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What Is The Right To Build Scheme?

What Is The Right To Build Scheme?

…..And How Can It Benefit Me?

If you’re considering a self-build project, you’ve probably heard about the Right To Build scheme, which came into force in October 2016. However, if you’re not up to speed with this legislation, and you live in England, you should explore it further because there are genuine opportunities out there for custom and self-builders to exploit.

In this blog, we provide an overview of the scheme, detailing the initial information you need in order to help you decide if this is something you should apply for.

So, what is the Right To Build scheme?

The main objective of the Right To Build scheme is to address the UK’s housing shortage. It’s a bid to encourage self-building and make the process more affordable. Local authorities across England are now obliged to hold Self Build Registers of people who wish to build in the area. Assuming you meet the criteria (see below), the local authority is then required to make available enough serviced plots to meet demand. You must register on the Self Build Register to be eligible for the scheme – and crucially, the numbers on this register dictate how many plots your local authority has a duty to make available.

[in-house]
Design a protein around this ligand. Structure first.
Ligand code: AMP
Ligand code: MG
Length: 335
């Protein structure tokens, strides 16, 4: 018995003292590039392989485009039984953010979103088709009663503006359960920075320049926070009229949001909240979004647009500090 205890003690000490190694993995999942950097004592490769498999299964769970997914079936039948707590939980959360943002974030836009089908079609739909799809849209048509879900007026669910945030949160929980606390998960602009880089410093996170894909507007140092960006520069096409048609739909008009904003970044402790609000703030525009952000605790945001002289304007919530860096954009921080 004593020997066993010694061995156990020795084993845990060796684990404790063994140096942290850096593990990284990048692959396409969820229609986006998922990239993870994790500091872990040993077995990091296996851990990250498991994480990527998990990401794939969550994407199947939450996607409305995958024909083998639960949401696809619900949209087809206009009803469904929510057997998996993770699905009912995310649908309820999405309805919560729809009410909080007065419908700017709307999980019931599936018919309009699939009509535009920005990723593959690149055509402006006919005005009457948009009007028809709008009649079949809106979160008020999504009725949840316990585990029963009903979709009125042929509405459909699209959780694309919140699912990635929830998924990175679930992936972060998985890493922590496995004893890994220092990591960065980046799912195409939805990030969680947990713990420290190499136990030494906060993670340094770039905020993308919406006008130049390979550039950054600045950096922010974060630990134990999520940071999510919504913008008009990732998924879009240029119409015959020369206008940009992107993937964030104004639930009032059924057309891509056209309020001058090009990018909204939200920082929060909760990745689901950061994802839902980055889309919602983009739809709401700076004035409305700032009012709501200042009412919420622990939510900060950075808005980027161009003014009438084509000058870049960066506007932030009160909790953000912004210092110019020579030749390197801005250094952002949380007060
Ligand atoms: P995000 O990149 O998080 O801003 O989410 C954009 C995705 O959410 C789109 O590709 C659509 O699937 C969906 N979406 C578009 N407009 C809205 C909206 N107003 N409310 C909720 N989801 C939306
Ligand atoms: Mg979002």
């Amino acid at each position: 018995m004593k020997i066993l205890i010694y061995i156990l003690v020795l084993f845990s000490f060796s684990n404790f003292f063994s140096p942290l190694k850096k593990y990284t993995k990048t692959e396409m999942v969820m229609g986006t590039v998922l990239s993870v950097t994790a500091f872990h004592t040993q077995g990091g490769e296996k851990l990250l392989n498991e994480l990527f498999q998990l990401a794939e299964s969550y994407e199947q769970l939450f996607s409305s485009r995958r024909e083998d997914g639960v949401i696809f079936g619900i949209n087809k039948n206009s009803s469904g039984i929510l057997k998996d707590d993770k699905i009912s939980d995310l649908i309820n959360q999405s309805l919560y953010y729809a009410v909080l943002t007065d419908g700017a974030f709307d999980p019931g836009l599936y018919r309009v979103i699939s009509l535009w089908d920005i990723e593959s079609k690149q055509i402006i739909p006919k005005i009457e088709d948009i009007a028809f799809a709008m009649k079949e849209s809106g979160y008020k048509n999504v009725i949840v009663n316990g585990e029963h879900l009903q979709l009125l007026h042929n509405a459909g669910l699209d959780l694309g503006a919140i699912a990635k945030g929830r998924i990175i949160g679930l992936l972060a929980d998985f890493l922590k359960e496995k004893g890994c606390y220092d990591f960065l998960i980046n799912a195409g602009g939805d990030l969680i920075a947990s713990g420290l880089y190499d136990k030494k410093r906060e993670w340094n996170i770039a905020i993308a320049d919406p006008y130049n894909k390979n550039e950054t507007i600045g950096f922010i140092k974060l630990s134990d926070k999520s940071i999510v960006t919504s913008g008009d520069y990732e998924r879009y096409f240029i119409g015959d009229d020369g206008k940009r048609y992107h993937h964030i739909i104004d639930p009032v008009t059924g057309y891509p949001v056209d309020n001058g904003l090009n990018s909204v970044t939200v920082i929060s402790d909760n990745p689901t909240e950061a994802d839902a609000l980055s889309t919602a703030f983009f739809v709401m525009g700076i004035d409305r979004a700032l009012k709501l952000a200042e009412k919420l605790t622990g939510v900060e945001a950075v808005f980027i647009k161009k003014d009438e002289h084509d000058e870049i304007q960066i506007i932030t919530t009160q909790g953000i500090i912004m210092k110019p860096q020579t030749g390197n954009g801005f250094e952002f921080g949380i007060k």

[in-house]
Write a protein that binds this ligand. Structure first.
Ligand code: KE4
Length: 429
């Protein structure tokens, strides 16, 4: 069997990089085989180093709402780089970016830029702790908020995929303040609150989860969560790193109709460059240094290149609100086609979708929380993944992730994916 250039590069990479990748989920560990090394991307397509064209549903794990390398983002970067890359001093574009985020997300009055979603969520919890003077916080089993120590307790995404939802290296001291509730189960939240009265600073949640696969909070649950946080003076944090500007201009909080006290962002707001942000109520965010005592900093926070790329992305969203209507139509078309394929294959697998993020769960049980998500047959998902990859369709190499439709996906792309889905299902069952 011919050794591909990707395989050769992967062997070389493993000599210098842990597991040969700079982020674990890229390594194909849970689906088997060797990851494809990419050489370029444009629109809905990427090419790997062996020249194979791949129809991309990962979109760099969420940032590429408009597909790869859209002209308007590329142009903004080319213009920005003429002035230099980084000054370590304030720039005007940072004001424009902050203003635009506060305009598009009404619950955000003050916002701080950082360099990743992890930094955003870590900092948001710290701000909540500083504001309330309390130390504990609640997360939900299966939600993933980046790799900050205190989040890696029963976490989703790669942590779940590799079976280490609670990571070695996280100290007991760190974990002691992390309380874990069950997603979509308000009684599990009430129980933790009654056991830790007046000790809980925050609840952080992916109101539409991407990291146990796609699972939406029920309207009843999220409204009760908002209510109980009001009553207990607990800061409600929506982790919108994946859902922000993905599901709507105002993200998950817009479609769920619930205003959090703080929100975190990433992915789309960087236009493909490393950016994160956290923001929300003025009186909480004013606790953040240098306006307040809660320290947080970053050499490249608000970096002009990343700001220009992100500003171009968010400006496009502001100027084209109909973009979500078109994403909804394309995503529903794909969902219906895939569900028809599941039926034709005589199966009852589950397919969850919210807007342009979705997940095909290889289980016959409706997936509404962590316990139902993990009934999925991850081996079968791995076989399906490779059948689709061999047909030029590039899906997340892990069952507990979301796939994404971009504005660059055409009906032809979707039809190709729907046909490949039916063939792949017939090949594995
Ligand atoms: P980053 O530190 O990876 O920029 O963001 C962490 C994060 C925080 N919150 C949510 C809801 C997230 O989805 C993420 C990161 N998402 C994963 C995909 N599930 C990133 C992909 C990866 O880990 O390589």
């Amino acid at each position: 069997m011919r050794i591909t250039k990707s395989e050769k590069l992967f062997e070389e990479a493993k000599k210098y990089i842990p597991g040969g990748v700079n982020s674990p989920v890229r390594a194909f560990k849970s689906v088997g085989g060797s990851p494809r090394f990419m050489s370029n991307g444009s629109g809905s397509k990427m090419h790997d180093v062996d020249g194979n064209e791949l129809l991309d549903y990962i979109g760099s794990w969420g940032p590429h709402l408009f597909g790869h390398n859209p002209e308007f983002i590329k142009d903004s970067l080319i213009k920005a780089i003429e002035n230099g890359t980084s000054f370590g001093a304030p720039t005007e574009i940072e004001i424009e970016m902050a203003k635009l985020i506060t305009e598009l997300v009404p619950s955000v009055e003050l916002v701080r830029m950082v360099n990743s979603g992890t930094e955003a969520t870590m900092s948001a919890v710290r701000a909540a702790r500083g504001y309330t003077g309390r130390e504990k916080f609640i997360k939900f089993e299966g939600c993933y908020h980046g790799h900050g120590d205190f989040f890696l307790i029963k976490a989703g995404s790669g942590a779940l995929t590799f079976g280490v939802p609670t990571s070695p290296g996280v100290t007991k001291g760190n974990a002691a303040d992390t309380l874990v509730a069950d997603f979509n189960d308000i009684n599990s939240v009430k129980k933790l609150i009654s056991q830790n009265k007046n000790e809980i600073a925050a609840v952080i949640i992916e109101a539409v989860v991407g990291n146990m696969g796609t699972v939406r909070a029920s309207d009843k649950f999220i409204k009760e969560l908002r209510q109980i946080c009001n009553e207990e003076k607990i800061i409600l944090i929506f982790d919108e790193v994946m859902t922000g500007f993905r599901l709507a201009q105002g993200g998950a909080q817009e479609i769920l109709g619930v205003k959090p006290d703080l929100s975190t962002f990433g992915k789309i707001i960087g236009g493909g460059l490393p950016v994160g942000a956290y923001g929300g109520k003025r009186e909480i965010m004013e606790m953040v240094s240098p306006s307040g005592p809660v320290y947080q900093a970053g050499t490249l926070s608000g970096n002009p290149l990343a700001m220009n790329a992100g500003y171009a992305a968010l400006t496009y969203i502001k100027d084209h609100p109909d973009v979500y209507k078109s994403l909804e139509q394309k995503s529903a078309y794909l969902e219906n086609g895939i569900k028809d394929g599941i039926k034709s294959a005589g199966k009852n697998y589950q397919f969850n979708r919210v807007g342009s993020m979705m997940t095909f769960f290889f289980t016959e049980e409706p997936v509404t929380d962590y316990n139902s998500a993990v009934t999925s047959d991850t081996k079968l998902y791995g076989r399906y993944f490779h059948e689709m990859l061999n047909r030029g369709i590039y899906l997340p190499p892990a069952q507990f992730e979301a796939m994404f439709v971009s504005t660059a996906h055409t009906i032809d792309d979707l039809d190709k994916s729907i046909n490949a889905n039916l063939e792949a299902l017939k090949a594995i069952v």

There’s a real onus on you, the custom builder, to register – it’s the only way to get on the list, and the only way to put your council under an obligation to find a suitable serviced plot.

In essence then, every council in England must (with some exemptions) provide enough serviced plots with planning permission for building a residence, (ie access to public highway, and with connections for water, electricity and waste water) to meet demand.

How do I know if I can apply?

If you’re a British citizen or an EU or Swiss national, and over the age of 18, you can apply to register on the scheme.

As mentioned above, there’s no guarantee that your application will be eligible to register on the scheme, but assuming it is, you will be asked if you’re applying as an individual or as part of a group. If you are part of a group, you’ll be offered the chance to create a co-housing or community build, and the council will likely look for a site that will accommodate several plots. If you are applying as an individual or family, you’ll be asked a number of questions to identify which area you’re interested in, and what type of property you want to create.

Whilst you don’t have to have a local connection to register in a specific area, this would mean that you only qualify for Part Two of the scheme (ie no local connection), and this in turn means that the council isn’t currently under an obligation to provide a suitable plot. However, this information is likely to be used to gauge local demand.

How do I access the information and register my interest?

There’s a number of ways of finding the information. You can search on your local authority’s website, call your planning department for information, or check out one of these two sites:

Home

https://docs.google.com/spreadsheets/d/1ztZaiCp985t3AH-nLM2set-LZu3D4f-6bmbaC-1ahRs/edit#gid=1524078788

Are there any downsides?

The Right To Build scheme is not currently available in Wales, Scotland or Northern Ireland, due to their delegated powers. Different groups are putting pressure on these governments to adopt a similar scheme so watch this space.